Tired gifted and talented student using a laptop computer trying to research something or finish homework on time while seated at desk with head resting on arm

There are many schools of thought among parents, teachers, and administrations as to what to do with children identified as “Gifted and Talented”. What this means and how to provide for the greater potential of these children is constantly debated. Should they be accelerated to college prep? Separated from the other children? Given more creative opportunities or more analytical challenge? The fact of the matter is that no one knows for sure, but part of the problem may be because ‘GT’ kids are being treated as if they are all the same. The most successful GT programs do their best to encourage the individual talents of each student while the worst treat the entire group as though they should excel at every subject or drop out of the program.

What Gifted and Talented Really Means

When a child has been identified as gifted and talented, this means that they have a greater potential for learning in at least one subject. GT kids can be exceedingly creative or intensely analytical. They can be socially mature or delayed, they can be introverts or extroverts, goofballs or unusually serious. In other words, you can’t stuff them into a single easy to categorize box. The one thing gifted children have in common is a love of learning in at least one or two subjects, but even what these subjects are isn’t universal from child to child. Some are destined to be mathematicians, some artists or musicians, architects, writers, scientists, the list goes on. What they need is the opportunity to explore their talents and move forward at their own pace without being held back by curriculum standards.

Gifted and Talented vs Advanced Placement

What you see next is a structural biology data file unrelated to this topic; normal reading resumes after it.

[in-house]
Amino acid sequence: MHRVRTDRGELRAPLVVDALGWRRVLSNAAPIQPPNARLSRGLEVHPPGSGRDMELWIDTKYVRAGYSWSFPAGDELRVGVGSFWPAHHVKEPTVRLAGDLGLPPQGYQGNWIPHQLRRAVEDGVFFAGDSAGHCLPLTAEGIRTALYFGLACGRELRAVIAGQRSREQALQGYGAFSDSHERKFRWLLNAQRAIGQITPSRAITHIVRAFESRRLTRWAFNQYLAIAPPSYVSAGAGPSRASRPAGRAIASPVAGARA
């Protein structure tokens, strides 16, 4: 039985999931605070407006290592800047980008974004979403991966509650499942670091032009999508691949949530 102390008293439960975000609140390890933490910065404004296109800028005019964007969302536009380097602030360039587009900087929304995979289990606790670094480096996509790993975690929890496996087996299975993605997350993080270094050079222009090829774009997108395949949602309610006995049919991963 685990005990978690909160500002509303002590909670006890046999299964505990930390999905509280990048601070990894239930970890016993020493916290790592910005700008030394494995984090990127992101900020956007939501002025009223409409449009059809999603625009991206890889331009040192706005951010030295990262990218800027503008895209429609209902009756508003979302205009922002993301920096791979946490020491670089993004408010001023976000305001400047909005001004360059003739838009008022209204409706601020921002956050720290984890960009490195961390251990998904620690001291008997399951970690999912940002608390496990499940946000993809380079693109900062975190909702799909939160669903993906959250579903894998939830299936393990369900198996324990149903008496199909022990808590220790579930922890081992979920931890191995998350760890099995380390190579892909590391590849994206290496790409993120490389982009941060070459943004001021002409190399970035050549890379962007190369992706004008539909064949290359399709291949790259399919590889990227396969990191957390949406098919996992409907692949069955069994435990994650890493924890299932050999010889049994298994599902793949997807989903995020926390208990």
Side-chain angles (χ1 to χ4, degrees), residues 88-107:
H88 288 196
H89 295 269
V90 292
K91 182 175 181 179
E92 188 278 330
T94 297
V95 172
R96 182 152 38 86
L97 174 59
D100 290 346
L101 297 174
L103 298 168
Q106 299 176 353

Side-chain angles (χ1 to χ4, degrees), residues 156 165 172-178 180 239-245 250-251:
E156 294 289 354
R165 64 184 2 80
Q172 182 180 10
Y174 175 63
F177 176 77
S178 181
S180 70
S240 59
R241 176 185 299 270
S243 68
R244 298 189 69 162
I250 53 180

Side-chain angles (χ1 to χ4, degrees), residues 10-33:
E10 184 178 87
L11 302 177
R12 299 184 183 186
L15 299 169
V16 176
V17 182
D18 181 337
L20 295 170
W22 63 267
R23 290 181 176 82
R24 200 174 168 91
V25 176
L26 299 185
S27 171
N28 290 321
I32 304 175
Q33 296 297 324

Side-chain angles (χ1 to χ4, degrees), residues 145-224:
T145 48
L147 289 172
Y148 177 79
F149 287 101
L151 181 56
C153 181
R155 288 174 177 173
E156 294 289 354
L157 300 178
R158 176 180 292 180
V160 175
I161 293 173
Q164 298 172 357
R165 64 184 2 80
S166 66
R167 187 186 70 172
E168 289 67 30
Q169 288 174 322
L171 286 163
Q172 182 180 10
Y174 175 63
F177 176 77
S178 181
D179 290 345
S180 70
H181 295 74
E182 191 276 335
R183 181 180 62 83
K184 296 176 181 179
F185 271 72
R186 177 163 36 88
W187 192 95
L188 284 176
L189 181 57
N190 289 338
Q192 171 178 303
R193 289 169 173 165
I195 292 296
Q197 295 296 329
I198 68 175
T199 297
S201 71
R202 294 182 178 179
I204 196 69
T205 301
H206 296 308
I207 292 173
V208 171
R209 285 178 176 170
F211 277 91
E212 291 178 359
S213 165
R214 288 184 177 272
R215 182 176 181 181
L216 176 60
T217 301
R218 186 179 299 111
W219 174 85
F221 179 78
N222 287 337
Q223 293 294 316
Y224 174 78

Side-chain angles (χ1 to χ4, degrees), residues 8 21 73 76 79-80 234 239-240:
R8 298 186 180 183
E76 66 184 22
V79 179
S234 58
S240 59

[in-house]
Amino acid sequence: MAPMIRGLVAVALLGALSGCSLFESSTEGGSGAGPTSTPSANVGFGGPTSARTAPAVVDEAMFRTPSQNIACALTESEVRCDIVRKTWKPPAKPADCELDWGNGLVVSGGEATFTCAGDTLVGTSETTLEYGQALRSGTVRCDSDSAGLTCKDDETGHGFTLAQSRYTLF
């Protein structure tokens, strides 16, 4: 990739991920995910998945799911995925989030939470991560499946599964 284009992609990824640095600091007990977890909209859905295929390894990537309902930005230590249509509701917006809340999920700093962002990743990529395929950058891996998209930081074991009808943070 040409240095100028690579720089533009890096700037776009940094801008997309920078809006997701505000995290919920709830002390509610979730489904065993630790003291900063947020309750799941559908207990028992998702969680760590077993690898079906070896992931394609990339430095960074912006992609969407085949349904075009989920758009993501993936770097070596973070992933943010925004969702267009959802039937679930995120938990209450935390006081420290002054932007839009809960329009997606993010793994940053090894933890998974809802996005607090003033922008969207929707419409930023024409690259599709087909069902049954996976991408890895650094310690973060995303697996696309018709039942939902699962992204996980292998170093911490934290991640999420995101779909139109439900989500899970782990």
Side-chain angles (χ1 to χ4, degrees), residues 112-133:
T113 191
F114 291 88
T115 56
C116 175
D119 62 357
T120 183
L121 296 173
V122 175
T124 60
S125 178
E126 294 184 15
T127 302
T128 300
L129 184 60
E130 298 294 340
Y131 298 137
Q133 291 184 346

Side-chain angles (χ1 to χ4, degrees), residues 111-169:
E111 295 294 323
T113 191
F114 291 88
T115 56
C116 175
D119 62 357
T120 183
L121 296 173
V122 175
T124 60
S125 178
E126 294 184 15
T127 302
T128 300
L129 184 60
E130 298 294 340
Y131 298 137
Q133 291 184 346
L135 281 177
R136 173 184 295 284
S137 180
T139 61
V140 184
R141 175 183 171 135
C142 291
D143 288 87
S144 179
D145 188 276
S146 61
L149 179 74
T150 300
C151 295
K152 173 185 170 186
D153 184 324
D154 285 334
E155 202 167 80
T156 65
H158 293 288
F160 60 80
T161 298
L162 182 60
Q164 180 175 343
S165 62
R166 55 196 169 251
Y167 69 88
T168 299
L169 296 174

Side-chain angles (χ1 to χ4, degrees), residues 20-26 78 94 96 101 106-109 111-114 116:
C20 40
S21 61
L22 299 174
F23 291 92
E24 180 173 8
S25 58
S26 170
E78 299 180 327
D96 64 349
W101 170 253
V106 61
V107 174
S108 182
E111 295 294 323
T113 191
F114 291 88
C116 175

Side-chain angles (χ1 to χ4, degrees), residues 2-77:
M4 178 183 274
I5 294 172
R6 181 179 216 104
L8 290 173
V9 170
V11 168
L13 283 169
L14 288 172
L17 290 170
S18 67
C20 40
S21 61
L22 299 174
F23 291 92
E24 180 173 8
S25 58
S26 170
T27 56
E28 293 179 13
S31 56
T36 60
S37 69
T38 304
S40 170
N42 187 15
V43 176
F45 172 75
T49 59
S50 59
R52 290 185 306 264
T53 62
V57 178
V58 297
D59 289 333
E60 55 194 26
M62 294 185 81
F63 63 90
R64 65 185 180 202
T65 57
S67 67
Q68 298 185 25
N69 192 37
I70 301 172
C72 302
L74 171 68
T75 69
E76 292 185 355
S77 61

When deciding how to run your Gifted and Talented program, it can help to understand how not to do it. One of the biggest mistakes we’ve seen in school districts is assuming that GT children are (and should be) good at everything, then GT programs become indistinguishable from Advanced Placement. ‘AP’ programs start around middle school and are for kids who are ready to work hard in a headlong stretch toward college. It tends to involve harder work and a lot more homework. One or two AP classes a year in your favorite subject is manageable and can be fun, but more than that and there aren’t enough hours in the day to do all the extra homework.

Prevent Gifted Burnout: Don’t Demand Too Much

Gifted children are not workhorses. In fact, they tend to prefer to let other classes slide a little in favor of pursuing their talents. They need more time to think and explore, not more time doing homework and yet some schools work on the false impression that GT simply means ‘academic superstar’ and pile on the AP classes and maintaining this schedule is expected in order to keep your ‘gifted’ qualification. Now kids are forced to ‘drop out’ of the gifted program or shoulder up under difficult work that may not suit their gifts. This can cause dejection and burnout in your brightest students, turning what should have been a shining star in one or two subjects into someone who’s disenchanted with school entirely by the time they hit the 10th grade.

Gifted and talented children have the potential to make their parents and school districts proud, but very few of them are talented at absolutely everything. Yes, it’s tempting to challenge a bright child but it’s wrong to crush their spirit by asking too much. Instead of heaping on the homework in advanced placement classes, give your gifted children opportunities to learn at their own pace and experiment in their subjects of choice. Open up AP and higher level classes to them, but don’t demand that they participate in nothing but advanced classes. If you want what’s best for your gifted and talented children, cut the homework and offer them learning experiences instead.

The Tenney School believes strongly in a child’s right to learn at their own pace. All children have talents, passions, and can love learning if we nurture their interest in the world around them. For more helpful insights on helping your children and students learn in a way that’s best for them, contact us today.